7) But if I happen to make it to a lake with that kayak, I am not wading in like a wussy. I am going to jump in with enthusiasm, screaming at the top of my lungs. This summer I will do this every time I’m given the chance.
9) And I will sleep with my bedroom windows open so I can fall asleep to the croaking of the frogs
10) And I will sweat. It will be hot and I will sweat and I won’t apologize for it. Because sweating is better than freezing. At least if you ask me. Little Sister might disagree.
So yes, I will welcome the sweat as I’m
11) Riding my favorite bay horse through pastures of sweet clover
12) Helping Pops and Husband dig post holes
13) Climbing to the hill tops to catch thunderheads rolling through a pink sunset
14) Following a deer trail through the thick trees to a juneberry, chokecherry or raspberry bush
15) Planting corn and peas and tomatoes and cucumbers and carrots and beans and radishes and pumpkins, watering them, weeding them, picking them and serving them up fresh and delicious with a margarita on my deck in my bright orange swimming suit after a long day of kayaking under the big, blue, beautiful summer sky we’ve all been dreaming of.
So what’s on your summer list?
It’s officially crocus season, and that’s good news out here on the edge of the badlands where we’ve all been patiently waiting for them to arrive, as if the blooming of the first flower gives us permission to pack away our sweaters and pull out the short sleeves.
Well, that’s what I did anyway. I made a mountain out of the sweaters shoved in my closet. I pulled them out ceremoniously flinging them to the floor, purging my room of winter before I stood back and seriously contemplated throwing them out the window and lighting a match on the whole damn pile.
But that would have been crazy, and, well, let’s be honest, I’ll need them again in a few short months. Anyway, I didn’t have time for that. Little Sister was coming over and she had plans to soak up the sunshine and I had plans to procrastinate painting the bathroom.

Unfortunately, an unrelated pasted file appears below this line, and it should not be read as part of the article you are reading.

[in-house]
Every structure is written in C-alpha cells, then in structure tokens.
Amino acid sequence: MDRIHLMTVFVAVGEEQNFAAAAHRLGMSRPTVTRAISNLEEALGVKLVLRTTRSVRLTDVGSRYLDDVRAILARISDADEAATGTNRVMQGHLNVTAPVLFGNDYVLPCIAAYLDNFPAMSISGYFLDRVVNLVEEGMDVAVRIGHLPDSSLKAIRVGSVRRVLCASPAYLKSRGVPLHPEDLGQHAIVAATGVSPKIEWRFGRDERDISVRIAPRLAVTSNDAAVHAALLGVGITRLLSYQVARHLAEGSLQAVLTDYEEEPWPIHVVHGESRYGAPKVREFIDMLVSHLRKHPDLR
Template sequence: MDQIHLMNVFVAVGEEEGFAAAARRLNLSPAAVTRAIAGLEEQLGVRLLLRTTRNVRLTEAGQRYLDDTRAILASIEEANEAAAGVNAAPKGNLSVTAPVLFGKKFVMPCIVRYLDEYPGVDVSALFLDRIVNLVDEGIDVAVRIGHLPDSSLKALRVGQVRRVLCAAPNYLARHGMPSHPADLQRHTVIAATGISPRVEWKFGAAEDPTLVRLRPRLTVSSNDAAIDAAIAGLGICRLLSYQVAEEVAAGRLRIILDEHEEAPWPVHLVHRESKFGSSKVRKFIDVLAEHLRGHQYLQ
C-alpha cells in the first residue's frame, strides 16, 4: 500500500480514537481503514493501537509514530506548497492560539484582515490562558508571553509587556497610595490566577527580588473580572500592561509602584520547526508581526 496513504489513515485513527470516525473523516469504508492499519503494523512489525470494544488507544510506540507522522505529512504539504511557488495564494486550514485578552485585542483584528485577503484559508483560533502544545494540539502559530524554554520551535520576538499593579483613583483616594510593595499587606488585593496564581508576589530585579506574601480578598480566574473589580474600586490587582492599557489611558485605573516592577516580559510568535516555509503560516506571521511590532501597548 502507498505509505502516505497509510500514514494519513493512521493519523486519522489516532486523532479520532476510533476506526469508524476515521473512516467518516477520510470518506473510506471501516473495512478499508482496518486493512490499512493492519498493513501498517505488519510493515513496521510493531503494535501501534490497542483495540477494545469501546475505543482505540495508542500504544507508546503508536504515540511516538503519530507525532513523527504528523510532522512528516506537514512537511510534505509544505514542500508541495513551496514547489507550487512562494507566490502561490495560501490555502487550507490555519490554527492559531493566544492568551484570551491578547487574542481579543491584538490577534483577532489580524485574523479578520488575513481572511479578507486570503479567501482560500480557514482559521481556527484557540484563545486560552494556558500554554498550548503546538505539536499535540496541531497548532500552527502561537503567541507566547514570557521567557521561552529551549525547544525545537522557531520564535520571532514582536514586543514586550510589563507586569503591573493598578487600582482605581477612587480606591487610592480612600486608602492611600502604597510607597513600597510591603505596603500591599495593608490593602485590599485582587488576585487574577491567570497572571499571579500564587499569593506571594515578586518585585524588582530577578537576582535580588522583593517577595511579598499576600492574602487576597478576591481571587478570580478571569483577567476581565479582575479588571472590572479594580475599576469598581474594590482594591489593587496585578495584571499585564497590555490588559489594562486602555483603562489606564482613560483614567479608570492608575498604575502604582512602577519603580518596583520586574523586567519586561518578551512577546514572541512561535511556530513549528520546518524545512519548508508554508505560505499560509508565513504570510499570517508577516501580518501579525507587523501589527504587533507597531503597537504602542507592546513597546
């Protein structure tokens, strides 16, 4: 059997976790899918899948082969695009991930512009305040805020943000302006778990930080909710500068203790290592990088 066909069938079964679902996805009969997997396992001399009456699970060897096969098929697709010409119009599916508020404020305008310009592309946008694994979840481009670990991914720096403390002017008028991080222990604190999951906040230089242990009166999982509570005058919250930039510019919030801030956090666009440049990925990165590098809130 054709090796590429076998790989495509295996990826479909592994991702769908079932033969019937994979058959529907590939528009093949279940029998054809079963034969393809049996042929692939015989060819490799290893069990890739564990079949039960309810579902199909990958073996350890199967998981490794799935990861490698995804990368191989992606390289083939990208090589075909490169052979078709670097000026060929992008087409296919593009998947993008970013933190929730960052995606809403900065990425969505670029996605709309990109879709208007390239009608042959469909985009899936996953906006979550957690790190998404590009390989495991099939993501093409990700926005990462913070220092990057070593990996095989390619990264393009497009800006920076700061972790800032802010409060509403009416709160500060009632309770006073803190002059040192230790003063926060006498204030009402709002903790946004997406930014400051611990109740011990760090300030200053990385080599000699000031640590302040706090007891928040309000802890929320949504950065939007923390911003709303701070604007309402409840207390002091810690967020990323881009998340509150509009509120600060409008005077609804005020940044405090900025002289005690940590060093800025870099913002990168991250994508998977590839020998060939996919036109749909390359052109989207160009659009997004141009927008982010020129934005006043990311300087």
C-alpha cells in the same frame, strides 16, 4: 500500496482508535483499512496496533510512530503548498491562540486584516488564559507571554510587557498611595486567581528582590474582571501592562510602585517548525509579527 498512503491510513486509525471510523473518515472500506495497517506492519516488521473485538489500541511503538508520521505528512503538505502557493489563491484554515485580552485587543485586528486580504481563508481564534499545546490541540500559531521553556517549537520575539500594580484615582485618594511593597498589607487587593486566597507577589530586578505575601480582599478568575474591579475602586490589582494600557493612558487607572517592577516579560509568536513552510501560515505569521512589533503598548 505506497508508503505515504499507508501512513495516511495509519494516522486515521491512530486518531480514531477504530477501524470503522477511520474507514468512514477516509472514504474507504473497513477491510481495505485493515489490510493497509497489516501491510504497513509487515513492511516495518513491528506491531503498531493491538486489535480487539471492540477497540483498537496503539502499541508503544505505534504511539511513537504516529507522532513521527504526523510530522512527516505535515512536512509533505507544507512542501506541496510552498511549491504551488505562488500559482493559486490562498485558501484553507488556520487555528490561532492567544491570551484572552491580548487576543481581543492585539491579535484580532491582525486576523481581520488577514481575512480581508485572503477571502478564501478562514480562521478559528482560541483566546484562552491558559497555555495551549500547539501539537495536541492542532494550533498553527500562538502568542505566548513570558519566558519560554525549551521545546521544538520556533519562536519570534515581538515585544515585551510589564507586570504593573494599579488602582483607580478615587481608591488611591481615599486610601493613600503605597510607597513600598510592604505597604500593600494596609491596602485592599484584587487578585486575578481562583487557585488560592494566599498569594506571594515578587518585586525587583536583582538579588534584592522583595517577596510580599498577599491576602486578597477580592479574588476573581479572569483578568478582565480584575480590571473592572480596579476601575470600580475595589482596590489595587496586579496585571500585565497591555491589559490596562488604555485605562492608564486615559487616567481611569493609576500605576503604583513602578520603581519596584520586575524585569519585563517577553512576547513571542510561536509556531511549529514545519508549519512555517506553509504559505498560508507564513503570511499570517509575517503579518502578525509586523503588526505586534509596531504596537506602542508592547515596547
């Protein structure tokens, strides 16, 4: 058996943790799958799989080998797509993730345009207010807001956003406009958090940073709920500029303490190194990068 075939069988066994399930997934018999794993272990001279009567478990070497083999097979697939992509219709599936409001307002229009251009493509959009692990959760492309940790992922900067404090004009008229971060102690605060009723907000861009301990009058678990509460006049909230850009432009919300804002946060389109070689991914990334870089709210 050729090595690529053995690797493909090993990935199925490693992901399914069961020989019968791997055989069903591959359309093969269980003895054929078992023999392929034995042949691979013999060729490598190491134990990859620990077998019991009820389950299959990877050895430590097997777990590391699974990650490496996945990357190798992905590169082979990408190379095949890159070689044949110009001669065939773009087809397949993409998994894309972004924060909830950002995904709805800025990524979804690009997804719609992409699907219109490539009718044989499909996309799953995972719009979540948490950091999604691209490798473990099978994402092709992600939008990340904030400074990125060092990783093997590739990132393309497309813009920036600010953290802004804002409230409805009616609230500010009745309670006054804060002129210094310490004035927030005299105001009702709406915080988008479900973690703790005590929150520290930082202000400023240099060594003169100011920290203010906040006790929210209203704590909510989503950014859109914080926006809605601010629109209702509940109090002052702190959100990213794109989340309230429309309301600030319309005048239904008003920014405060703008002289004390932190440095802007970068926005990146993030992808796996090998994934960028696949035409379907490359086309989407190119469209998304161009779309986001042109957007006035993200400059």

So we grabbed our cameras and the herd of dogs…
and went climbing around, scouring the ground for the purple flower.
When you become familiar with a place in all of it’s seasons, you memorize where the crocuses bloom in the spring, where to go to pick chokecherries and raspberries in the summer, and to always, no matter the season, watch out for cactus.
We know these places because prairie people like us have vivid memories of hunting for crocuses with our grandmother, sisters, mothers or fathers, bending over to pull them from the tangle of brown grass while the warm spring wind picked up the loose hair that escaped from our ponytails.
I’ve been living back at the ranch for three springs and I will be here for the rest of the springs I am given. I will never forget what it felt like to climb to that hilltop and pick the first crocus of the year as I stood with my husband we looked down at our home.
And we were happy to be together, happy for summer to arrive and happy to stand on that hill for a moment that we were sure couldn’t get much better from here.
Then my Little Sister moved to our hometown and now the whole family is together and close and on Monday mornings I can expect a call asking me what I’m doing this weekend. Because my Little Sister plans ahead and I’m glad to be consulted on those plans.
So Saturday’s plans made room for crocus hunting in the warm sunshine next to a girl who used to follow me on my after school walks up the creek to my fort. I used to wish she would leave me alone then. I used to holler at her to stop following me and when we came in the house crying and fighting, our mom would promise us that someday, we would be best friends.
Funny how moms are usually, most likely, pretty much, always exactly right.
Funny how some things change, but I still haven’t mastered the art of convincing Little Sister to help me with my chores…like, oh, you know, painting the bathroom.
Funny how she still doesn’t listen to me.
Funny how the crocuses bloom on the same hill every year and someday we might have a chance to watch our own children run to the top and pick us a purple bloom.
Funny how it could possibly keep getting better.
In honor of spring and the wind and the sun and the green grass poking up around us, I would like to take you along on my favorite trail, the one that leads to the east pasture from our house, up along the buffalo fence, to the top of a rocky cliff and then down again to the stock dam and back toward home.